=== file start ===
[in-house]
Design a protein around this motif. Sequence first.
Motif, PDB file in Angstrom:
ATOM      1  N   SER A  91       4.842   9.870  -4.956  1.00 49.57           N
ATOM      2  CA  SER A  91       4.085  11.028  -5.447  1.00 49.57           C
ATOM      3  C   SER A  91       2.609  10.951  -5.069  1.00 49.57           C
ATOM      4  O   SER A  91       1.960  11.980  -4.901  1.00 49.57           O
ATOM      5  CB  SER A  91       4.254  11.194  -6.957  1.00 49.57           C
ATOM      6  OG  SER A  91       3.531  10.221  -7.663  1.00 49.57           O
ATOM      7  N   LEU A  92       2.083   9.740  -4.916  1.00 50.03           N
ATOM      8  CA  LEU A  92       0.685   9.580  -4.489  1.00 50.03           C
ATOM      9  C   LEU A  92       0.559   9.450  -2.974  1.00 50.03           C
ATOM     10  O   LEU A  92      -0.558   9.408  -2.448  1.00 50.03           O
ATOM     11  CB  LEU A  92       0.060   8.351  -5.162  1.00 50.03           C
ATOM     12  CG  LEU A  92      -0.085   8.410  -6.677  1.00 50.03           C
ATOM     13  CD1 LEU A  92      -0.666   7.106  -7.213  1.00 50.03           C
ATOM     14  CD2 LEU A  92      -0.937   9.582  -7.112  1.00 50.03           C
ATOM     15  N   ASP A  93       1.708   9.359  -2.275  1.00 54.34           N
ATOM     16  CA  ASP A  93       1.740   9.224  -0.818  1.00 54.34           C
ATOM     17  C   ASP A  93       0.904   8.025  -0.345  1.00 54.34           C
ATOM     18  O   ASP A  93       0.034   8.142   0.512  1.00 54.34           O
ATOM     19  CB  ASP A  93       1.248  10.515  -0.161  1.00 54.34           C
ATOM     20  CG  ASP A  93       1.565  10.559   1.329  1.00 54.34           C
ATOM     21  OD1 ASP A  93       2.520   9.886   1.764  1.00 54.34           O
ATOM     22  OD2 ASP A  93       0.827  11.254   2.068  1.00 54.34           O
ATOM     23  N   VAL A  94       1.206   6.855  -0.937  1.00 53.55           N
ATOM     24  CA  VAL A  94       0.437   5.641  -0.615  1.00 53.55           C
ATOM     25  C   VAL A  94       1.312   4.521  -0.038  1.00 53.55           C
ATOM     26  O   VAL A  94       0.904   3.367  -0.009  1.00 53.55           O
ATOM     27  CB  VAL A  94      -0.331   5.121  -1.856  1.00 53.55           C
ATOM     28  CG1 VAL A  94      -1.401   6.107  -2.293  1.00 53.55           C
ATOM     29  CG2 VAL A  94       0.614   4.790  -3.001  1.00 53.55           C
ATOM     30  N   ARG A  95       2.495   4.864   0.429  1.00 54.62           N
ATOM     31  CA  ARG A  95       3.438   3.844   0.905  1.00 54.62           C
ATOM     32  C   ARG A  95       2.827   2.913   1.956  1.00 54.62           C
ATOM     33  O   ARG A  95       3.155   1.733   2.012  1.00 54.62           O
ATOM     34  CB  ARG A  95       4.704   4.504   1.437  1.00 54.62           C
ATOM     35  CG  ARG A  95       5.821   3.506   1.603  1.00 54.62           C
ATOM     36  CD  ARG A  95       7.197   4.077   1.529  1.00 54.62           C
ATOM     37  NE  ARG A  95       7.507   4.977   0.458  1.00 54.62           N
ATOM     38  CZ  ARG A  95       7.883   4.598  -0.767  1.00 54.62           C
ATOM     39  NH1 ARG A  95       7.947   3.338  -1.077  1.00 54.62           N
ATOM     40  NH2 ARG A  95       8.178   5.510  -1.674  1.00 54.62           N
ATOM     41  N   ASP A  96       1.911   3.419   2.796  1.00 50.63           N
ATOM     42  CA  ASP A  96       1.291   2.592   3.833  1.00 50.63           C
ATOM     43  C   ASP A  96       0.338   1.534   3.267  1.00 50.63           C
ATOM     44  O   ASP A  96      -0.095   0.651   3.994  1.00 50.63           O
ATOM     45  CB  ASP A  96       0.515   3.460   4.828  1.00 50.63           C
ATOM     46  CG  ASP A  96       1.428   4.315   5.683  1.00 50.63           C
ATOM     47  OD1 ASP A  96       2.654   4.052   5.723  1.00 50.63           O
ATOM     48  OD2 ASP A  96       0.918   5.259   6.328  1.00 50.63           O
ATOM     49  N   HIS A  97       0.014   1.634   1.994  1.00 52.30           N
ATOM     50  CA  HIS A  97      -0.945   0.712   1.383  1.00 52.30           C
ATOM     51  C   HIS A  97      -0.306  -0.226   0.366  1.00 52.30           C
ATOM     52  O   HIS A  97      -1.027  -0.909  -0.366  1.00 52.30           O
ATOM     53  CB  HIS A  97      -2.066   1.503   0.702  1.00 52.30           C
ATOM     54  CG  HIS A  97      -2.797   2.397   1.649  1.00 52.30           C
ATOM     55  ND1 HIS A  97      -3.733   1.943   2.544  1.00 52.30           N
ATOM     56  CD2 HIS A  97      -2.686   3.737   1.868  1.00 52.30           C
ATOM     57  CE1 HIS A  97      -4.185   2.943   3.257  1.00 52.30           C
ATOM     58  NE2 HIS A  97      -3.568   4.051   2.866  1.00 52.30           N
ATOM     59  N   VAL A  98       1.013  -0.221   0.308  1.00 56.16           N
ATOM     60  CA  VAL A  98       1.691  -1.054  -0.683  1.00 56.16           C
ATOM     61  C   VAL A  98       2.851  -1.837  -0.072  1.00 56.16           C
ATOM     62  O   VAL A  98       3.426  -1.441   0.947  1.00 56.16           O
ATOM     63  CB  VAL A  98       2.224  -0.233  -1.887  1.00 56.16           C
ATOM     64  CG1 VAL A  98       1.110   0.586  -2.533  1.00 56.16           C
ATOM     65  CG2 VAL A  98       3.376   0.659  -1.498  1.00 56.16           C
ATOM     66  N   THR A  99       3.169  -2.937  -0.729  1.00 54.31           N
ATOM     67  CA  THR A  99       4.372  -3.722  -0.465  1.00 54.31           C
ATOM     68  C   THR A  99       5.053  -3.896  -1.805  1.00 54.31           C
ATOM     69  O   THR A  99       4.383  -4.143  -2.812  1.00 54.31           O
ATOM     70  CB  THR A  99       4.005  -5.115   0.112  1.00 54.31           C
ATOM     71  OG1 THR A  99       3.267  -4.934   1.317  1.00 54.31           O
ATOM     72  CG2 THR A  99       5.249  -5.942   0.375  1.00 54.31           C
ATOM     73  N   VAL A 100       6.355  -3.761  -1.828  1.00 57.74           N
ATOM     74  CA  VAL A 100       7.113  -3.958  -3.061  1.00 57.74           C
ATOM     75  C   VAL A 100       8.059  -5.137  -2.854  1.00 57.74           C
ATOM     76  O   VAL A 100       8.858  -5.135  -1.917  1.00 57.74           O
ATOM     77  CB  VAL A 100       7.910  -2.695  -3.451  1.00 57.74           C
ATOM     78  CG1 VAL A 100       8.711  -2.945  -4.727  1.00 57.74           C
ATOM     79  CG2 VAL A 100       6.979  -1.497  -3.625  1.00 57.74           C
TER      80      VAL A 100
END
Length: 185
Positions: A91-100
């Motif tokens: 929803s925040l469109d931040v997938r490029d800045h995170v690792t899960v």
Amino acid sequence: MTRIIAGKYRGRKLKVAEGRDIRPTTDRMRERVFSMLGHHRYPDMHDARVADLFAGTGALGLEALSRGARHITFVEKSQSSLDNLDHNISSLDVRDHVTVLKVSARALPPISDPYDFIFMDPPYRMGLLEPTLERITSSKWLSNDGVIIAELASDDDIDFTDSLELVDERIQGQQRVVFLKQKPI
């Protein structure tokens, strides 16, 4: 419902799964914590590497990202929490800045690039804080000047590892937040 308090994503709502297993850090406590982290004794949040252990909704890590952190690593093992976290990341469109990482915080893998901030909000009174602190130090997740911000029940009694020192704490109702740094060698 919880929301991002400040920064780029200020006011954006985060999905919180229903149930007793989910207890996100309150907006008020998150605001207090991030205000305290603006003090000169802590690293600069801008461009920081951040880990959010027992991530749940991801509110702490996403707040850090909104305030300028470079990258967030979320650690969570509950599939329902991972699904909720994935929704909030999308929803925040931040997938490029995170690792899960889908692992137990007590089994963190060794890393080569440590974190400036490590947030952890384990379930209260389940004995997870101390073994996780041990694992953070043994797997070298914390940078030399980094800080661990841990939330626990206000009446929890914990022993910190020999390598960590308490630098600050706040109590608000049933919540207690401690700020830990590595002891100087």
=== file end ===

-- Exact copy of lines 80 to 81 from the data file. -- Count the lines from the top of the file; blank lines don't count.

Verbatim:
ATOM     77  CB  VAL A 100       7.910  -2.695  -3.451  1.00 57.74           C
ATOM     78  CG1 VAL A 100       8.711  -2.945  -4.727  1.00 57.74           C